by Lukas Heiwolt
BERLIN, Oct. 30 (Xinhua) -- Germany's gross domestic product (GDP) rose by 8.2 percent in the third quarter (Q3) compared to the previous quarter, the Federal Statistical Office (Destatis) said on Friday.
Although the German economy shrank by 4.3 percent in Q3 year-on-year, the quarterly increase was still notable in light of the "historic slump" in the second quarter caused by the COVID-19 pandemic, Destatis noted.
The recovery of the economy during the summer was mainly driven by consumer spending, investments in machinery and equipment as well as a "sharp increase in exports," according to Destatis. EXPORTS SUPPORT INDUSTRY
Following losses of more than a billion euros (1.16 billion U.S. dollars) in the first half of the year, Germany's largest carmaker Volkswagen saw growing sales again in Europe and China and announced earnings before tax of around 2.4 billion euros by the end of Q3.
Although Volkswagen's global sales during the first three quarters of 2020 were still down 18.7 percent year-on-year, deliveries in Q3 reached pre-crisis levels again. According to Volkswagen, its largest single market, China, has been a "key driver" of market recovery.
German plastics manufacturer Covestro also recorded a strong increase in net income in Q3 and posted a year-on-year growth of almost 22 percent as the company's measures in response to COVID-19 were now paying off.
Just like with Volkswagen, China also played a major role in the recovery in Covestro's sales. "China is the only relevant, large automotive market that has not only proven to be robust in recent weeks and months, but also showed significant growth over the previous year," Markus Steilemann, chief executive officer (CEO) of Covestro, told Xinhua recently. STATE AID
Like most European countries, Germany is currently hit by the second wave of the pandemic. On Wednesday, German Chancellor Angela Merkel and the minister presidents of the country's federal states agreed on tougher contact restrictions and a limited lockdown during the month of November.
In order to support companies whose operations were closed due to the upcoming lockdown, the government decided to provide additional economic aid to the tune of 10 billion euros. Depending on their size, the affected companies receive up to 75 percent of lost revenues compared to pre-crisis levels.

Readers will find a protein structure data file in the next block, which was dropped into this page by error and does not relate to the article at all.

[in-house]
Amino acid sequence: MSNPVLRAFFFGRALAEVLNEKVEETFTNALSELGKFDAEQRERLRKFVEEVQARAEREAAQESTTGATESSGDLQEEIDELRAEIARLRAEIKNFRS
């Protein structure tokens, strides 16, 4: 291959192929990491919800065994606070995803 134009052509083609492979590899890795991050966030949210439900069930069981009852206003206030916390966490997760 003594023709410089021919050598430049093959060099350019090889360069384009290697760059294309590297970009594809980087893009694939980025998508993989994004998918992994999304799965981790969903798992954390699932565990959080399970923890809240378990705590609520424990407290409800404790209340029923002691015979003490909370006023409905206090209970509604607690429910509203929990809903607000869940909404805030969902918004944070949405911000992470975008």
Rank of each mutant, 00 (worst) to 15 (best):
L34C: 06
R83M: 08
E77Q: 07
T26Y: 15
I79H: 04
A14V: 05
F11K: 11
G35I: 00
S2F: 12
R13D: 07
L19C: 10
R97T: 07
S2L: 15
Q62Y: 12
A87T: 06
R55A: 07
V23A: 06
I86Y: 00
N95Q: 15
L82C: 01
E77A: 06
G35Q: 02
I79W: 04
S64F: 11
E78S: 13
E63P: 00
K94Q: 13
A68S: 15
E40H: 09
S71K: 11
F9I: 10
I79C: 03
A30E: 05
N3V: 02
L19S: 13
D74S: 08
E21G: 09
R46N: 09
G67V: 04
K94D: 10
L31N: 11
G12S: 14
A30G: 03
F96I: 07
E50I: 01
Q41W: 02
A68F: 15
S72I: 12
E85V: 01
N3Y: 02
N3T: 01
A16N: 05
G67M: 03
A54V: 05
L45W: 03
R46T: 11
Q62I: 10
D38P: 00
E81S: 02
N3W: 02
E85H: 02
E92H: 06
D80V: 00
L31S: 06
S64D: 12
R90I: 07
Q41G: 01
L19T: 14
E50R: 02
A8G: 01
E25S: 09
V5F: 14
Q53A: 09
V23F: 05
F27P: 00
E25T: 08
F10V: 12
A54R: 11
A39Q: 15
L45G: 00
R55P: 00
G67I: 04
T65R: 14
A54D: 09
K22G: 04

As part of the major COVID-19 stimulus package worth 130 billion euros that was unveiled in June, the government has already introduced quick loans for struggling companies via the state-owned development bank KfW and suspended the obligation to file for insolvency.
However, there is a risk that recovery supported by state aid is not sustainable. According to an expert survey published by the Munich-based ifo Institute for Economic Research last week, an overwhelming majority of economists fear that the suspension of the insolvency rules creates "zombie companies" -- businesses that are economically unviable yet still operating.
Almost all economists surveyed by ifo expect the number of business insolvencies in Germany to increase again as soon as companies are required to file for insolvency again when the economic policy measures come to an end. FULL-YEAR OUTLOOK
On Friday, Germany's Minister for Economic Affairs and Energy Peter Altmaier stressed that the economic downturn was "less drastic than initially feared" because the country had acted "jointly and decisively during the first wave of the pandemic."
Despite the renewed increase in new COVID-19 infections, the catching up process of the German economy that was achieved in Q3 would continue at a very slow pace in the coming winter months, according to Altmaier's ministry.
For the full year 2020, the government projected a price-adjusted decline in GDP of 5.5 percent before growing again by 4.4 percent in 2021. However, the ministry warned that the forecast depends strongly on how the infection spreads. (1 euro = 1.16 U.S. dollars)